Thoughts on Ekushey Book Fair 2011
How do we Perceive
Reading for Pleasure?
Zahidul Naim Zakaria
As a child and a teenager, my visit to the Ekushey Book Fair was a family tradition. I was never a bookworm, but reading detective/mystery novels (especially Shatyajit Roy's Feluda) used to be one of my most favourite pastimes. My sister, on the other hand, was fonder of Humayun Ahmed's works. My family had always encouraged me to read and my father spent tens of thousands (which was a lot of money back in the day) on books that my sister and I wanted to read, and I never truly understood his reasons to spend that kind of money on books until much later.
Reading books is the most important part of a child’s education.
Photo: Zahedul I Khan.
Education gives us a lot of hints about enlightenment, but it hardly ever is enough to set our minds free. Without books to inspire questions from deep within us, without fictional characters and circumstances to ignite our imagination, general education alone would not get us very far as individuals or as professionals. I was lucky that my education was enriched at home and that my family created the right environment within which I could grow and my mind could think. I was even luckier that the world of visual entertainment had not taken hold on me as a child. But perhaps the same is not true for the Bangladesh's middle class today.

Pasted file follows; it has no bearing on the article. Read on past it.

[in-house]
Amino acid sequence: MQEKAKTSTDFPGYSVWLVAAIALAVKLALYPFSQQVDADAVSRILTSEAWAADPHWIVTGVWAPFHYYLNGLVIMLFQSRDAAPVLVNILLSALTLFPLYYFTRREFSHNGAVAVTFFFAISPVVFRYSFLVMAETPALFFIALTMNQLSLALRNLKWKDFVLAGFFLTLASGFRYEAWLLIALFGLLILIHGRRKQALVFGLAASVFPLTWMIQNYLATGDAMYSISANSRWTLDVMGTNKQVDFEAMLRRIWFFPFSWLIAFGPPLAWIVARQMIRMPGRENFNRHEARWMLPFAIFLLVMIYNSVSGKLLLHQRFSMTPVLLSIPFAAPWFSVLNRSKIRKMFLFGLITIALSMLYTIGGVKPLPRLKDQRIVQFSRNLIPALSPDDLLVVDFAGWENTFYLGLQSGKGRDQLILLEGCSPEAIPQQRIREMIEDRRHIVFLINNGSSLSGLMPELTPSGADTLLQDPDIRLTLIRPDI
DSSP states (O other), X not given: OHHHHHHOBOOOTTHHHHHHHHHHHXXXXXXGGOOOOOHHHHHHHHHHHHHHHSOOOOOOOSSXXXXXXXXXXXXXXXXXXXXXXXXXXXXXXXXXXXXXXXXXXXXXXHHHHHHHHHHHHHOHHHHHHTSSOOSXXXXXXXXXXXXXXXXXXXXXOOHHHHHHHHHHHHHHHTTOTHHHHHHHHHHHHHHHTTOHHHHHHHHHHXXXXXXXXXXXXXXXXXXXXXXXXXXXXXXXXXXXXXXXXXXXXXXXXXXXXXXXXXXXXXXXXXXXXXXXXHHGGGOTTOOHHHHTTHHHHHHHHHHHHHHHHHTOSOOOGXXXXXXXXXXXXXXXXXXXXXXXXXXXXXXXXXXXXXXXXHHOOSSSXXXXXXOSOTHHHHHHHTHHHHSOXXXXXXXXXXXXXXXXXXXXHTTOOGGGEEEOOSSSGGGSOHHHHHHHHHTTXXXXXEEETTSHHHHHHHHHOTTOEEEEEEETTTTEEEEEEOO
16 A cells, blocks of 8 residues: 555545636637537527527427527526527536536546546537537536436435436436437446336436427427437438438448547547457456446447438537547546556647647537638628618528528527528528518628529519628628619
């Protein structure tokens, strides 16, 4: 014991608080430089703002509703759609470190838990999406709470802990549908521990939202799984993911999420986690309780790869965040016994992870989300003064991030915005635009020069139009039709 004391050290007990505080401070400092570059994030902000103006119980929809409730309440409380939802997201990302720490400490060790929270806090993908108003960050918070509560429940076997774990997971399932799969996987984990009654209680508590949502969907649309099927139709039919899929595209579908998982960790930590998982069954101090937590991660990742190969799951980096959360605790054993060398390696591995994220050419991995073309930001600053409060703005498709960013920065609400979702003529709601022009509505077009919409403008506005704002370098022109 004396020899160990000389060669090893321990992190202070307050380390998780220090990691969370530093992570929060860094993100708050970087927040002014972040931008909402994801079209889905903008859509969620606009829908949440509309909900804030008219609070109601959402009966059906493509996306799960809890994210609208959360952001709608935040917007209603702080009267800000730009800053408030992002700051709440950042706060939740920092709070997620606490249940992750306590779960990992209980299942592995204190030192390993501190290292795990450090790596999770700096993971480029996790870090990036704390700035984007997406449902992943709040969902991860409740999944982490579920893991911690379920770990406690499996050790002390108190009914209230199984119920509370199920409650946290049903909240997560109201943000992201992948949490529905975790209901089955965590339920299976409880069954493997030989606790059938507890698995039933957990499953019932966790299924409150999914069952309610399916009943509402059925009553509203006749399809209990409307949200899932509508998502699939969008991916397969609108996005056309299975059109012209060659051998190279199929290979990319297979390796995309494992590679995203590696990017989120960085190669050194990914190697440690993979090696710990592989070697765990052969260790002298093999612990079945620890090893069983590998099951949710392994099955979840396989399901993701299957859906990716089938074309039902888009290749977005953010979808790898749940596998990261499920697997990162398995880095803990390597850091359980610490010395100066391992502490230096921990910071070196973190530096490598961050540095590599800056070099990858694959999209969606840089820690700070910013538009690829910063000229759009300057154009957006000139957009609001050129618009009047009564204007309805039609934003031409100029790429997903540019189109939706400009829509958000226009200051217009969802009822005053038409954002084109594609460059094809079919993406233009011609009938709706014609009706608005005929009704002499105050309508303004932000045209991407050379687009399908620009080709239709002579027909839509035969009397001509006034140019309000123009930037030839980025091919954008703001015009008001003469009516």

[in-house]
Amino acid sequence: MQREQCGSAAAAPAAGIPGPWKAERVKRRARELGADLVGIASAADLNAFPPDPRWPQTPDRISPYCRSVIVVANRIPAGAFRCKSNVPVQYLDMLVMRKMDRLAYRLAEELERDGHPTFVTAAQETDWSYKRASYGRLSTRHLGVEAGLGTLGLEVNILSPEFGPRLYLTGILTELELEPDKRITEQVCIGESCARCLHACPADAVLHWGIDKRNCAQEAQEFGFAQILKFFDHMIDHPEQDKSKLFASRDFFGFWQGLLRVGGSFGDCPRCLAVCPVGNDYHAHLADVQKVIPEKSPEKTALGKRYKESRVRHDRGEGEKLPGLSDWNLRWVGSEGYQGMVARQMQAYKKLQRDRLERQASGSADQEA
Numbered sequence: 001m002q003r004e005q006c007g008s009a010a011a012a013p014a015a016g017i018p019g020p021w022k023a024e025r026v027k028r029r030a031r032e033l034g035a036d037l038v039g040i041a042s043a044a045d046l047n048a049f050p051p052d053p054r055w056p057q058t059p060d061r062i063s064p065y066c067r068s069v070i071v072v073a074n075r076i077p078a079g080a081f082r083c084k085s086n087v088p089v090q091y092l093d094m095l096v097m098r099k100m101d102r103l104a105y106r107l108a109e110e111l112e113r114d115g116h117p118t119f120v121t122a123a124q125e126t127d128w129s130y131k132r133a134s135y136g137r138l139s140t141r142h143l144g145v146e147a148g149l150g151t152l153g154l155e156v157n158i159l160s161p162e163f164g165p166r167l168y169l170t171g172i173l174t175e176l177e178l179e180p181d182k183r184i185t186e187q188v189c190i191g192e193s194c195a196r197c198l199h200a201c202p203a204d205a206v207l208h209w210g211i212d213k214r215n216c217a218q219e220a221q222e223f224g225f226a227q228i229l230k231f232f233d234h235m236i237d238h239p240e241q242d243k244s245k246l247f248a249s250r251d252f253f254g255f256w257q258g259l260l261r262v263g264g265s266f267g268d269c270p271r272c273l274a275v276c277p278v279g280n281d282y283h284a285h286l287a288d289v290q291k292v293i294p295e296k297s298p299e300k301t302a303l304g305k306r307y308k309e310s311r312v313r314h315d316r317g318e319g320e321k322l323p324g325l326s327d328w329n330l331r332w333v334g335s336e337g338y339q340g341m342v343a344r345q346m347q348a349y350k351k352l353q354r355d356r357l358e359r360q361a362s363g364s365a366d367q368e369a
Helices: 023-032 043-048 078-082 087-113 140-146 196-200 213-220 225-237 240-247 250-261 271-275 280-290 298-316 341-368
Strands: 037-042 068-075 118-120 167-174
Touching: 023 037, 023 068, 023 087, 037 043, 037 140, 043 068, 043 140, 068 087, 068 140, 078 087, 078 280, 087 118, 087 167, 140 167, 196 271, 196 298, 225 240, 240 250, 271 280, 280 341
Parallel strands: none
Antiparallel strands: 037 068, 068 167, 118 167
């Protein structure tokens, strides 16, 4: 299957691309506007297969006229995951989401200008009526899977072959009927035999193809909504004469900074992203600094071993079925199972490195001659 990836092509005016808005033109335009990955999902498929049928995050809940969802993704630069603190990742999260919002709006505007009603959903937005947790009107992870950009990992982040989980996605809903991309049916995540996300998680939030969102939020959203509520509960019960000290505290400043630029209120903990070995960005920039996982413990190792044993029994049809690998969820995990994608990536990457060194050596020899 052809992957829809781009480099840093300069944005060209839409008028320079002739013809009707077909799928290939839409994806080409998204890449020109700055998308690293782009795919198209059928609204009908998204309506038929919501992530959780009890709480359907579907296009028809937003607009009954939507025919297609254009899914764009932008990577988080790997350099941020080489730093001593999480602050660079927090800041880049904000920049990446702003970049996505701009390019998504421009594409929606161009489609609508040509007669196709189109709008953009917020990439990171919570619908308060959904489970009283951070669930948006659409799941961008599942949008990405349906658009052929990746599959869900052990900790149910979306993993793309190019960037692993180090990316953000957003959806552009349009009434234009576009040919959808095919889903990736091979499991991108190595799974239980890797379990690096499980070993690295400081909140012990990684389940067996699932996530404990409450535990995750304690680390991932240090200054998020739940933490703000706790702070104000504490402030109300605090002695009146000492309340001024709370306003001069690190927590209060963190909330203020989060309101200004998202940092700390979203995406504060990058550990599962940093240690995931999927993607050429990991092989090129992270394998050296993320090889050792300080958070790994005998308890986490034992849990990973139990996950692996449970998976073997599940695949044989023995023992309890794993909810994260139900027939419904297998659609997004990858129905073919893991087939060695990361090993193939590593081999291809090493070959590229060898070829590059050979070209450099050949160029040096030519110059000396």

On my visit to the Ekushey Book Fair this year, as I roamed about in search of good reads, I observed something different. Although the fair had grown larger and more diverse with time, the faces of the crowd had changed. I could feel the difference. I felt that almost everyone at the fair were either from low income families of Dhaka or out-of-towners, which certainly is an encouraging trend. I spoke to some families at the fair, and I realised that my gut feeling was true. But where did the middle class and the rich people go?
The answer was obvious. But the fatality of it would not have struck me so profoundly had I not seen it with my own eyes. With computers, the internet, and gaming consoles, children have little attraction towards books nowadays. Families with higher income, perhaps without even fully realising it, have replaced reading books with technologically advanced forms of visual entertainment. I'm sure most people will refuse to say this out loud since it simply doesn't feel right, but such behaviour by a large part of our community simply deems books as inferior, since with higher ability to pay, people would rather switch to alternative means of recreation which they perceive to be superior. Economies in transition (in terms of growth and income) often face such fallacies, and it should be up to those who know better to guide children back to the right path.
Reading allows one to become imaginative to the extent that he or she can begin to create. Without this experience, children who only watch movies and television shows and play games will not be able to create literary pieces, and will always be stuck on the consumption end of the creative cycle. Those who never read were deprived of the joy of being lead towards visualising a scene, a context; deprived of the opportunity of filling gaps with their own interpretations. Reading books was the most important part of my education as a child; something that I fear will be missing from many of today's young people as they grow up. On my way home from the fair, I felt terribly sad thinking what children of privileged families were missing out on in Dhaka. What depressed me even more was realising the fact that little could be done now to make well-off children of Dhaka understand how their choices may be limiting their own future abilities.